People are talking about Citroën again in a way that recalls their halcyon days of technological innovation and stylistic idiosyncrasies.
Take the latest model to wear the double chevron badge, the DS5. Now that Citroën has retired the loved-only-by-enthusiasts C6 from its UK line-up, the current flagship of the DS Series also becomes the standard bearer for the whole marque.
It’s bold, visually intriguing, luxurious and mechanically interesting. Can it further banish memories of the worthy but dull models churned out in the 1990s and be justifiably mentioned in the same breath as the original DS and its descendents?
There’s little argument that the DS5 is one of the most distinctive cars on the road and the most cohesive of the current trio of DS Series designs. What’s not immediately evident is what body-style it is, appearing to be an amalgam of hatchback, estate and coupé themes. If ever a car earned the ‘crossover’ description, the DS5 is it.
Every body surface is garnished with chrome embellishments, interesting creases and daring details, chief amongst them being the polished sabres that link the headlights to the glasshouse, a feature previously seen on recent Citroën concepts.
The roof slopes gently down to a rounded, glassy taper at the back of the DS5; body coloured cant rails end mid-way along the fourth side window, mimicking the roof-mounted indicator trumpets on the original 1950s DS.
Climb aboard and sink into the sumptuous surroundings that surprise and delight. This particular DS5 is in top of the range DSport specification, costing over £32,000. Many will baulk at paying such a steep sum for a Citroën but the comfort, quality and attention to detail inside the DS5 is befitting of a car costing significantly more.
Five adults can get snug inside the DS5, experiencing a wealth of exquisite detailing. The plastic mouldings are reassuringly chunky and thick, the whole dash moulding being focused upon the driver. Switchgear feels almost bespoke, with beautifully damped actions making you long to operate various functions repeatedly.
Being a Citroën, not all the controls are where you would necessarily expect to find them, with a plethora of toggle switches built into a central spine along the roof panel, aircraft cockpit style.
Seats are richly swathed in a fine quality hide that Citroën claims is on par with the leathers used by Aston Martin and Bentley. The padded watchstrap look gives the DS5 a distinctive air, nodding in reference to a similar pattern on the 1970s SM.
Modern market pressures and the sheer expense involved mean that Citroën doesn’t innovate in the way it did in its heyday but the HYbrid4 diesel-electric powertrain on this DS5 offers a further derivation for alternative-fuelled vehicles. The system is shared with Peugeot and offers a fine combination of power (200bhp), fine economy (claimed 68.9mpg on the combined cycle) and low emissions (107g/km CO2).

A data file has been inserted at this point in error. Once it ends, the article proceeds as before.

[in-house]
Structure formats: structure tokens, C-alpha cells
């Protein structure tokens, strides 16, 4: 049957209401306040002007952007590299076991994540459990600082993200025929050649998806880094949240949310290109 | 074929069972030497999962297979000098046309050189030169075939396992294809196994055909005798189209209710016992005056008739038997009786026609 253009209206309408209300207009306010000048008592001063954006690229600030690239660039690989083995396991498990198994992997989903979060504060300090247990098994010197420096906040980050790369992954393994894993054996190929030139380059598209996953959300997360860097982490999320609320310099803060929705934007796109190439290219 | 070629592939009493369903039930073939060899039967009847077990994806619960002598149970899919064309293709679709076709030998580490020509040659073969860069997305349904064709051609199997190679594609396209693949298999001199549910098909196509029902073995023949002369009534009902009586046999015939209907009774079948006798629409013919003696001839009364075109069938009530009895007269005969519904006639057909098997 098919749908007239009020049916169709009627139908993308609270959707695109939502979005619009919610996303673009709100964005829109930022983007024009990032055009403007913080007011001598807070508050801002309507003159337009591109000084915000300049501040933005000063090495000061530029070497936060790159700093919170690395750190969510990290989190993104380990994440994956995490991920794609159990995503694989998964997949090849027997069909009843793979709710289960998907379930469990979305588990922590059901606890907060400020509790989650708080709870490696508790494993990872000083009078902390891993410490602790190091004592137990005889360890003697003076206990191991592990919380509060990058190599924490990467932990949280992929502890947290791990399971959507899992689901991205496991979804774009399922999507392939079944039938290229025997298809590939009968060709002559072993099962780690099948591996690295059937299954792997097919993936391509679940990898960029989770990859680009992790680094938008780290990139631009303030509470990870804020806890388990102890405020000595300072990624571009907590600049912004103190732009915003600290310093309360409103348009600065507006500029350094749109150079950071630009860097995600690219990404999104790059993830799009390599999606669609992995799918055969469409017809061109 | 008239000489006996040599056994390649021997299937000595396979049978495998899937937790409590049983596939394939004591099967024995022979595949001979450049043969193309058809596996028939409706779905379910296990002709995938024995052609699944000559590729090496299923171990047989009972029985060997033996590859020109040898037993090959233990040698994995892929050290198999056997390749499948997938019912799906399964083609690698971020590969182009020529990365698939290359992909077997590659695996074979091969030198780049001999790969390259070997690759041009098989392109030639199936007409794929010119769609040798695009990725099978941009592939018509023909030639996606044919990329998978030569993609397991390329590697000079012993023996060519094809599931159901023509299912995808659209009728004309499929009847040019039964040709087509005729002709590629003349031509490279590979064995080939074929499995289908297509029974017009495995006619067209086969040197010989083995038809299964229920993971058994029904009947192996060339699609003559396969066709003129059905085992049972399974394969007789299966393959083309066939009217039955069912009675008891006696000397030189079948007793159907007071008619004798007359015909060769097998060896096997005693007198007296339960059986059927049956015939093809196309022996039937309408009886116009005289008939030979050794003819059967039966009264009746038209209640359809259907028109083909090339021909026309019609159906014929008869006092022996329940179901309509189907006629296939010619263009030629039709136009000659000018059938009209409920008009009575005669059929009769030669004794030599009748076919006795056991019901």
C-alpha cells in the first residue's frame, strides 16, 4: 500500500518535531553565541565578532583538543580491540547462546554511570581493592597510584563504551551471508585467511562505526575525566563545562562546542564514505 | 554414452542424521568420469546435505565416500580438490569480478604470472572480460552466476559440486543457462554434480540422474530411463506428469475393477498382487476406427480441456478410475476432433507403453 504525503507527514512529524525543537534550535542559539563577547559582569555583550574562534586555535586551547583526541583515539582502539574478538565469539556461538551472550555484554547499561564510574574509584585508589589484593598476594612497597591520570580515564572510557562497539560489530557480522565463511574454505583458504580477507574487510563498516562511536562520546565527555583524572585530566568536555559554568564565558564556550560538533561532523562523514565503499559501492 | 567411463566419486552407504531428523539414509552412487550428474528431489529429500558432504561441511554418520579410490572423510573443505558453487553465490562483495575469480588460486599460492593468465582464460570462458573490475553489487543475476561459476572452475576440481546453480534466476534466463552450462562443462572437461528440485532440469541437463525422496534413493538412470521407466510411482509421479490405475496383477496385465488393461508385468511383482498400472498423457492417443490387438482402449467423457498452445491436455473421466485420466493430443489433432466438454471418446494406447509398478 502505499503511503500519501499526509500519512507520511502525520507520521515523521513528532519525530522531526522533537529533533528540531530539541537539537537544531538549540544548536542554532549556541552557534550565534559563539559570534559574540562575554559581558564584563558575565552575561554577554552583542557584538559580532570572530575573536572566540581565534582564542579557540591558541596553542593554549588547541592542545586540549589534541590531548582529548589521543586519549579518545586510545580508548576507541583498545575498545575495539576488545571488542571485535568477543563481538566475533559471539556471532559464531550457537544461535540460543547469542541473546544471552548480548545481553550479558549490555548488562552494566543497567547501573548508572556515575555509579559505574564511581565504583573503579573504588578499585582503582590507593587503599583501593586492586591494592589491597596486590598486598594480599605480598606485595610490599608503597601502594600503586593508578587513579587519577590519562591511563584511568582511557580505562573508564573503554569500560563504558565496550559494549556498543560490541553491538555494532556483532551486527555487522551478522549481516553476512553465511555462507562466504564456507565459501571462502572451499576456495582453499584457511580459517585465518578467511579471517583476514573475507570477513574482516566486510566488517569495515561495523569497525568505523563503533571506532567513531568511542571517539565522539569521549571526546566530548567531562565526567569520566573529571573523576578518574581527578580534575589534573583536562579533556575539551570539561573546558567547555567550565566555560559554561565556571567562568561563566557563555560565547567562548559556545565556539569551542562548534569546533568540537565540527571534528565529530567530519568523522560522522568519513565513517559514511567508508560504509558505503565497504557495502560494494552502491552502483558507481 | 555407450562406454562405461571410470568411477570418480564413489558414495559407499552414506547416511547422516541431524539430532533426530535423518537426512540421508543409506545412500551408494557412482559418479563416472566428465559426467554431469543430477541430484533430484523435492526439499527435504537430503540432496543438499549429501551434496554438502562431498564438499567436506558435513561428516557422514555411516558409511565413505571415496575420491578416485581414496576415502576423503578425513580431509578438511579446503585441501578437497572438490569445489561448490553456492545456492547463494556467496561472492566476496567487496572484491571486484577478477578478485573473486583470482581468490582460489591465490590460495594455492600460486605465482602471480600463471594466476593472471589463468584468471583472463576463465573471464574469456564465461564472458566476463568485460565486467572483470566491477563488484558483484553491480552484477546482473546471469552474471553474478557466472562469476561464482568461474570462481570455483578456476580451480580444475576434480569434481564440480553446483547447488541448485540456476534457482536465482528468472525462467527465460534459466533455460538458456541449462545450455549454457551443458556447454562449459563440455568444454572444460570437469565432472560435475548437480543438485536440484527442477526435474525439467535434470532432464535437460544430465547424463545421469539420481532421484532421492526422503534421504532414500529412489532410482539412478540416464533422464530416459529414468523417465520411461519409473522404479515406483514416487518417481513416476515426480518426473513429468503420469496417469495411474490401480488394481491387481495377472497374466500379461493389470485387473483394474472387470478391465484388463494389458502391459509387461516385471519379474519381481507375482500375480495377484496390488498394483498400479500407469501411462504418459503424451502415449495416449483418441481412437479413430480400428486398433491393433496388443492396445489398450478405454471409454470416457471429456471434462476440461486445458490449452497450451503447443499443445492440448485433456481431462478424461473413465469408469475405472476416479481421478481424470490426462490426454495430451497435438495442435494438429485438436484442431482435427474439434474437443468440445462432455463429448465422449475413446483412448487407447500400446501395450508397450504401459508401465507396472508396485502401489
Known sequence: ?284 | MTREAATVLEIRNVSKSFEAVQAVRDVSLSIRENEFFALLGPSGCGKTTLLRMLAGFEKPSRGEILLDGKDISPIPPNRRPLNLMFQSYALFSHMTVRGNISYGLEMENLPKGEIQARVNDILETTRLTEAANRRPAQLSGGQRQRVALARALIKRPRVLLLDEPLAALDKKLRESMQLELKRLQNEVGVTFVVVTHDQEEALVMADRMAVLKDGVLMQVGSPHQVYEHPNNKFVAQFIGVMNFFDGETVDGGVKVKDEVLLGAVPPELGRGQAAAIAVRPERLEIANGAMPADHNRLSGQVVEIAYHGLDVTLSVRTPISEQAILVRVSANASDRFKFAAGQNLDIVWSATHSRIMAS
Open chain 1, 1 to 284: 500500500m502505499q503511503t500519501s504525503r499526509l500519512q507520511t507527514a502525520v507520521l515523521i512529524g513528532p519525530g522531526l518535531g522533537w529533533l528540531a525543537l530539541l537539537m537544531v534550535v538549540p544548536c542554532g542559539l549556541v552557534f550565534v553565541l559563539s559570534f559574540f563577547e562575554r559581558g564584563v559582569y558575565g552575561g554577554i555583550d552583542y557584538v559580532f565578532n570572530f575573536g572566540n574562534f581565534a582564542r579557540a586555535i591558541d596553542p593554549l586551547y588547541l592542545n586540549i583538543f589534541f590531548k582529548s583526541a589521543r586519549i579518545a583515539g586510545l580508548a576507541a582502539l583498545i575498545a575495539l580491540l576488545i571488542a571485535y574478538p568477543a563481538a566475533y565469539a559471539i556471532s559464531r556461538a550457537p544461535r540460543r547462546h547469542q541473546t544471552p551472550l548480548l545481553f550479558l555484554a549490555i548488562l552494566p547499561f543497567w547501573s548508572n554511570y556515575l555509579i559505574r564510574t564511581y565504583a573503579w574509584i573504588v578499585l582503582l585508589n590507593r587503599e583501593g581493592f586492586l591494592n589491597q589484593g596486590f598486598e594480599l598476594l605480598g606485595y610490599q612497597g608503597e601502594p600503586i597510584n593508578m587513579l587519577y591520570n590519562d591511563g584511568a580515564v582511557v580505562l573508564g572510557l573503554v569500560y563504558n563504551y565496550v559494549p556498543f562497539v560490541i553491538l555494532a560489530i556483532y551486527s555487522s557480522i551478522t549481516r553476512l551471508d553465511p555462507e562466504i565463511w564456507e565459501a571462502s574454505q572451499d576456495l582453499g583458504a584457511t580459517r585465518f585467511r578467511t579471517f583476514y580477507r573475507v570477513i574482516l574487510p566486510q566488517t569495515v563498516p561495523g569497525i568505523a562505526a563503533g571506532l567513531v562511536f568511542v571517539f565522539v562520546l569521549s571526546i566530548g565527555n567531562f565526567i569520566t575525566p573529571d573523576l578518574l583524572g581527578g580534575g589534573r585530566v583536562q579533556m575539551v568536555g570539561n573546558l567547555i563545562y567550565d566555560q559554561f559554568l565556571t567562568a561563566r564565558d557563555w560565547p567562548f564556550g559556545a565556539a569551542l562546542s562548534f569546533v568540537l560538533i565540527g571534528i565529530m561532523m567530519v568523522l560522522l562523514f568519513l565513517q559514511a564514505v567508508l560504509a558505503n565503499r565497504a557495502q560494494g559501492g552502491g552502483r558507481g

The diesel-electric mix is controlled via a rotary dial next to the automatic gear lever on the centre console. It can be left to its own devices, switched into Sport mode where engine revs climb higher before upchanges occur, pure EV mode (with a short range of zero emission travel) and four wheel drive setting.
On the road, the DS5 HYbrid4 feels grunty and responsive, with a constant slew of power at your right foot’s disposal, suiting its stated nature of being a luxurious grand tourer.
So all’s good? Sadly, not quite.
For many, the Citroën hallmark is the fabled magic carpet ride, a famed benefit of the hydropneumatic suspension system. Even metallic, conventionally sprung Citroëns typically ride with delicacy and supple refinement.
Yet in the DS5, Citroën has somehow shot wide of the mark. It copes with the bigger undulations and ruts you can actually see on the road well, handling with composure and an air of sportiness. But the secondary ride comfort, the one that looks after all those surface imperfections, seems like an afterthought. Those minor asphalt ripples send vibrations through to the cabin that take the edge off what should be a cosseting experience, particularly at lower speeds.
Citroën’s DS5 is a captivating car to look at and be within, offering refinement, build quality and luxury hitherto not associated with the brand.
In HYbrid4 format, although expensive, it’s engaging, brisk and refreshingly fuel efficient.
But, the secondary ride quality needs honing if the DS5 is going to enjoy the plaudits its appearance deserves. For a marque with as much understanding of ride comfort as Citroën has, this needs to be a quickly resolved priority.
Model Tested: Citroën DS5 HYbrid4 200 Airdream EGS6 DSport
Top Speed: 131mph
Combined cycle fuel consumption: 68.9mpg
CO2 emissions: 107g/km
VED Band/Cost: B/£20pa
Engine size: 4/1997cc common rail fuel injection, turbocharged diesel with electric motor
Boot space: 325l
Kerb weight: 1856kg
Price: £32,200 (April 2012)
All photographs © Citroën 2012